ABC – Q&A program with Annabel Crabb
11 March 2019
Subject: International Women's Day discussion. Panelists: Minister Karen Andrews, Linda Burney, Sarah Hanson-Young, Nicole Livingstone and Sabina Shugg
The Minister for Industry, Science and Technology, the Hon Karen Andrews MP was a panelist on Q&A.
Annabel Crabb: Good evening and welcome to Q and A. I’m Annabel Crabb. Here to answer your questions tonight Greens Senator Sarah Hanson-Young, Olympian and head of the Women’s AFL Nicole Livingstone, Minister for Industry, Science and Technology Karen Andrews, Labor frontbencher Linda Burney and director of the Kalgoorlie-Boulder Mining Innovation Hub Sabina Shugg. Please welcome our panel.
Q and A is live in eastern Australia on ABC TV, iView and News Radio. Tonight, we’re hoping to get to questions from across the nation via Skype but our first question comes from the studio and it’s from Chantelle Bastow.
Viewer question: Hi. Thank you for listening to my question today. Many men are beginning to see equal opportunity for women as an opportunity for them to be more involved in family life. Why does Scott Morrison see this as a loss for men instead of the opportunity that it is?
Annabel Crabb: Okay. So that’s a reference to Scott Morrison’s International Women’s Day speech in which he said he was all for the rise of women but not at the expense of others. Linda Burney, I think I’m going to let you have the first shot on this one.
Linda Burney: Well, it’s almost as good as the Endeavour circumnavigating Australia as an act of reconciliation, isn’t it?
Annabel Crabb: Oh, that’s low.
Linda Burney: Look, I think it’s very worrying that the leader of this nation would make that comment on International Women’s Day. To me, it seems to be an absolute own goal and in the sense of what Scott Morrison said, it’s really putting women down and not understanding what feminism is and not understanding what equality is about.
Annabel Crabb: Is it possible to promote women not at the expense of men though?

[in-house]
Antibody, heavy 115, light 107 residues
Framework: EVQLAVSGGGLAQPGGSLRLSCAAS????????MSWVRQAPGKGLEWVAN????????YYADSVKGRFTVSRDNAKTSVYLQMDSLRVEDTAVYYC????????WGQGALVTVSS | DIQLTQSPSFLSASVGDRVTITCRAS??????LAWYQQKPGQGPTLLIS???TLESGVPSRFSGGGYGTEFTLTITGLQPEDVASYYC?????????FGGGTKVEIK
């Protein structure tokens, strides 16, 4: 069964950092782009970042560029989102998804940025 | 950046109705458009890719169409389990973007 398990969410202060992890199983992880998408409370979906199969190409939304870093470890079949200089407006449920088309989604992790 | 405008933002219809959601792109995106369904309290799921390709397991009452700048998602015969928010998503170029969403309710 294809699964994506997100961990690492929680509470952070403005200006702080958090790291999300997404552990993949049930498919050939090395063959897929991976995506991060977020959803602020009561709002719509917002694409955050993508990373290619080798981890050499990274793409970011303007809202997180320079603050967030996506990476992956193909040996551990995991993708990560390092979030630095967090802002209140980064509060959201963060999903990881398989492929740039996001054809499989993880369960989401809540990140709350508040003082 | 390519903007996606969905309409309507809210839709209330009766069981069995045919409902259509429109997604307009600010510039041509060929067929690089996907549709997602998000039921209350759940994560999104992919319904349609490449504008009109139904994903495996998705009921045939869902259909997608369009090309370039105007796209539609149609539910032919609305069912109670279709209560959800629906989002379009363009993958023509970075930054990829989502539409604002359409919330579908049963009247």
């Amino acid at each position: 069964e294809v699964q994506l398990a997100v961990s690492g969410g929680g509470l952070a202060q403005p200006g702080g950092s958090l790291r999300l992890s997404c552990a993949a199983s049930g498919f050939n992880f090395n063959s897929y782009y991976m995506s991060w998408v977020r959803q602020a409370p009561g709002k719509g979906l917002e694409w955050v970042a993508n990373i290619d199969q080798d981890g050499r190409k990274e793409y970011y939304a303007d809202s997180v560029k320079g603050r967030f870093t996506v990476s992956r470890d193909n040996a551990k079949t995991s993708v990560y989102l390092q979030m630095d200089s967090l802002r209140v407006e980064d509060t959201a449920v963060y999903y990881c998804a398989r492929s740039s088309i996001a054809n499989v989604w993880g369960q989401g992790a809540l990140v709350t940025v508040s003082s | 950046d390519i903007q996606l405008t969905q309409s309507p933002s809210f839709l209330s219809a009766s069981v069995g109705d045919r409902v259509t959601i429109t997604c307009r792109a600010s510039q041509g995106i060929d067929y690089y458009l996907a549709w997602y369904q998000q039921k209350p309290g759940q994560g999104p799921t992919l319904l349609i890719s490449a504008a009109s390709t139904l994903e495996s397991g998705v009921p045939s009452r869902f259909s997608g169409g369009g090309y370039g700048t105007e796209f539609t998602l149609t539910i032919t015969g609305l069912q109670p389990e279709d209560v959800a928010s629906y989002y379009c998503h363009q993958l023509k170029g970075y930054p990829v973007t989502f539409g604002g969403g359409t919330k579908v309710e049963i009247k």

Linda Burney: Well, the paradigm is skewed one way at the moment. I think that the really important point to make here is that for women to achieve equality, requires men to understand and men to be supportive of that notion. Unlike the Prime Minister clearly is not.
Annabel Crabb: Karen Andrews, if men wind up retreating from paid work and increase their time at home, that does qualify as a cost to them on a whole?
Karen Andrews: Well, let me start by answering that in my own relationship, my husband has equal responsibility for caring for our three children; always has and I’m sure always will. So he has taken time away from work to help with raising our three children. He’s very comfortable in that space, I was very comfortable in that space. I don’t believe for one second that he thought that that held him back in a work sense; it meant that as a family unit, we were able to be stronger, able to work together – child care responsibilities were clearly shared between both he and I. We had a different skill set; we preferred different parts of the childcare responsibilities but we worked together. I think that Australia needs to get to the point where it’s not unusual for men to take time out of the workforce, to take on caring responsibilities. We’re not there yet, we still have a long way to go but it is actually a really important thing that we must do.
Annabel Crabb: Do you think the PM could’ve chosen his words a bit more carefully on International Women’s Day?
Karen Andrews: Well look, let me say about - as Scott Morrison, I’ve always found him very, very supportive. We’re his words clunky? Look, yeah a little bit. They were. Look, I think that I’ve seen a marked difference in our party room and in the way the Liberal Party works since he has taken on the leadership. I have personally found him to be very supportive of women so I’m prepared to forgive the clunky words because I know that the sentiment is - that he has and that his respect for women is there.
Annabel Crabb: Sarah Hanson-Young, you’re a parliamentary parent. What did you think when you heard those words?
Sarah Hanson-Young: Well, I must say I didn’t just think that the words were clunky. Those words were written in a speech; this was a prepared statement from the Prime Minister of the country on International Women’s Day. And frankly, I think it says everything about Scott Morrison; I think it says everything about his misunderstanding of really what is at the heart of the struggle for equality. And what he said to women right across the country on Friday was that: yeah, you can be equal; just not as equal as men. That’s what he said and it’s not on.